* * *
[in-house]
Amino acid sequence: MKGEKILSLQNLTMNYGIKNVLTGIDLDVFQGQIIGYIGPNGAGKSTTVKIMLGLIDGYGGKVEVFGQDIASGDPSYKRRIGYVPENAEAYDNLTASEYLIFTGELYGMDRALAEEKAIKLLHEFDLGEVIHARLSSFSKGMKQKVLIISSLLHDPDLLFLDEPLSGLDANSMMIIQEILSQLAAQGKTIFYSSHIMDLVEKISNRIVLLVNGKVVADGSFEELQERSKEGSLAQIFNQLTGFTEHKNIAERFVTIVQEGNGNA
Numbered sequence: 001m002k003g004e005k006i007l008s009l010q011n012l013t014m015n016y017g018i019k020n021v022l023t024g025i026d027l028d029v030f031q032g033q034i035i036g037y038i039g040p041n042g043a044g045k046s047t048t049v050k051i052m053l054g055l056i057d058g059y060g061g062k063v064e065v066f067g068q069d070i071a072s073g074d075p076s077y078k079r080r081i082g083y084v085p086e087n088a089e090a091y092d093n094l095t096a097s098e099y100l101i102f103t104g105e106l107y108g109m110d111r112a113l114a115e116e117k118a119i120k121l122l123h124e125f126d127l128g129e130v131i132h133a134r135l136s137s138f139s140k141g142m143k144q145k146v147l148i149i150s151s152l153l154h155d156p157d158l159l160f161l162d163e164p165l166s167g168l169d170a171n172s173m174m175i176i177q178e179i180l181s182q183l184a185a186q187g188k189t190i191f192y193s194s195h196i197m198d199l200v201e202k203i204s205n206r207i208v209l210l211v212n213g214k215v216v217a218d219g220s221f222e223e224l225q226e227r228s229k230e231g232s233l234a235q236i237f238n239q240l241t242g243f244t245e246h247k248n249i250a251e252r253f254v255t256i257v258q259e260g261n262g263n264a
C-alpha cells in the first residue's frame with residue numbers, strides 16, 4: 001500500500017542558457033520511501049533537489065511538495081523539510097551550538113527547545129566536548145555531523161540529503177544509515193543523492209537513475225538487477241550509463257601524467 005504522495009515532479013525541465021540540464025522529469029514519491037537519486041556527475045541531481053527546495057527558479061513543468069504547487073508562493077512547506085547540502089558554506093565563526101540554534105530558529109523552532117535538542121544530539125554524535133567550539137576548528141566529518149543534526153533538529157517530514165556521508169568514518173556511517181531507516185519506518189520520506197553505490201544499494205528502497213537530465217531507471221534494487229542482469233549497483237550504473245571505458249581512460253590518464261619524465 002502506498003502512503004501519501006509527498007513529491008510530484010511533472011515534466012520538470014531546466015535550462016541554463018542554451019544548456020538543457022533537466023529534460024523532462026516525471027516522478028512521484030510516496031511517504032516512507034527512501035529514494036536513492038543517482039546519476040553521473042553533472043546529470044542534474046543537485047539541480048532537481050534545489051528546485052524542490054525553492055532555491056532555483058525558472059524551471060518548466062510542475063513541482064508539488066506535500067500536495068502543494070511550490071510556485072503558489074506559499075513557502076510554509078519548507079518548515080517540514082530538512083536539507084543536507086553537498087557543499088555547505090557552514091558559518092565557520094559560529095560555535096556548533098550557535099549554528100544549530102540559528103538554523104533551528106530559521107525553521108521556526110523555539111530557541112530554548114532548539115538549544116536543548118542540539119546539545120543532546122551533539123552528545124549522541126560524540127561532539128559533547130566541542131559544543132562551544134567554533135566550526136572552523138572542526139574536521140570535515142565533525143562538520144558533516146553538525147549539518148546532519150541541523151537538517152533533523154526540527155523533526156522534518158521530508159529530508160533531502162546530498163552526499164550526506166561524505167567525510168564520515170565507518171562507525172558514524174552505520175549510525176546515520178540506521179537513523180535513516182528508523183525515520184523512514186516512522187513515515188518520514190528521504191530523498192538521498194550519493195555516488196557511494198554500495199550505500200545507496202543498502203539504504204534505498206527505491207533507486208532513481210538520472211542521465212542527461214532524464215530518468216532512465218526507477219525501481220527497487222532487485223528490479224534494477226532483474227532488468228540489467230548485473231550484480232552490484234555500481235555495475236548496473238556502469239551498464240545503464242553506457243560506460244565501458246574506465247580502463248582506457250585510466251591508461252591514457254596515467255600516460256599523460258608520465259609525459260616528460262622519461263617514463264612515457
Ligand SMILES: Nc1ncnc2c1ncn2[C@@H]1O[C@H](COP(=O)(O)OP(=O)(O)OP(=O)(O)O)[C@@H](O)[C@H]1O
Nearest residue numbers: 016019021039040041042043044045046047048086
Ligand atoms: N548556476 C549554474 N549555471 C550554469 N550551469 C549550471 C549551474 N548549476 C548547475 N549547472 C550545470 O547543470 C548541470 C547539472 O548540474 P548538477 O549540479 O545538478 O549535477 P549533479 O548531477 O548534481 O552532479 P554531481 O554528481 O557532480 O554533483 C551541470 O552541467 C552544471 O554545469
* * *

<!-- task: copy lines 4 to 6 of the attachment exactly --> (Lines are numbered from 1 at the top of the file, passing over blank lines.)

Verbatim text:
C-alpha cells in the first residue's frame with residue numbers, strides 16, 4: 001500500500017542558457033520511501049533537489065511538495081523539510097551550538113527547545129566536548145555531523161540529503177544509515193543523492209537513475225538487477241550509463257601524467 005504522495009515532479013525541465021540540464025522529469029514519491037537519486041556527475045541531481053527546495057527558479061513543468069504547487073508562493077512547506085547540502089558554506093565563526101540554534105530558529109523552532117535538542121544530539125554524535133567550539137576548528141566529518149543534526153533538529157517530514165556521508169568514518173556511517181531507516185519506518189520520506197553505490201544499494205528502497213537530465217531507471221534494487229542482469233549497483237550504473245571505458249581512460253590518464261619524465 002502506498003502512503004501519501006509527498007513529491008510530484010511533472011515534466012520538470014531546466015535550462016541554463018542554451019544548456020538543457022533537466023529534460024523532462026516525471027516522478028512521484030510516496031511517504032516512507034527512501035529514494036536513492038543517482039546519476040553521473042553533472043546529470044542534474046543537485047539541480048532537481050534545489051528546485052524542490054525553492055532555491056532555483058525558472059524551471060518548466062510542475063513541482064508539488066506535500067500536495068502543494070511550490071510556485072503558489074506559499075513557502076510554509078519548507079518548515080517540514082530538512083536539507084543536507086553537498087557543499088555547505090557552514091558559518092565557520094559560529095560555535096556548533098550557535099549554528100544549530102540559528103538554523104533551528106530559521107525553521108521556526110523555539111530557541112530554548114532548539115538549544116536543548118542540539119546539545120543532546122551533539123552528545124549522541126560524540127561532539128559533547130566541542131559544543132562551544134567554533135566550526136572552523138572542526139574536521140570535515142565533525143562538520144558533516146553538525147549539518148546532519150541541523151537538517152533533523154526540527155523533526156522534518158521530508159529530508160533531502162546530498163552526499164550526506166561524505167567525510168564520515170565507518171562507525172558514524174552505520175549510525176546515520178540506521179537513523180535513516182528508523183525515520184523512514186516512522187513515515188518520514190528521504191530523498192538521498194550519493195555516488196557511494198554500495199550505500200545507496202543498502203539504504204534505498206527505491207533507486208532513481210538520472211542521465212542527461214532524464215530518468216532512465218526507477219525501481220527497487222532487485223528490479224534494477226532483474227532488468228540489467230548485473231550484480232552490484234555500481235555495475236548496473238556502469239551498464240545503464242553506457243560506460244565501458246574506465247580502463248582506457250585510466251591508461252591514457254596515467255600516460256599523460258608520465259609525459260616528460262622519461263617514463264612515457
Ligand SMILES: Nc1ncnc2c1ncn2[C@@H]1O[C@H](COP(=O)(O)OP(=O)(O)OP(=O)(O)O)[C@@H](O)[C@H]1O
Nearest residue numbers: 016019021039040041042043044045046047048086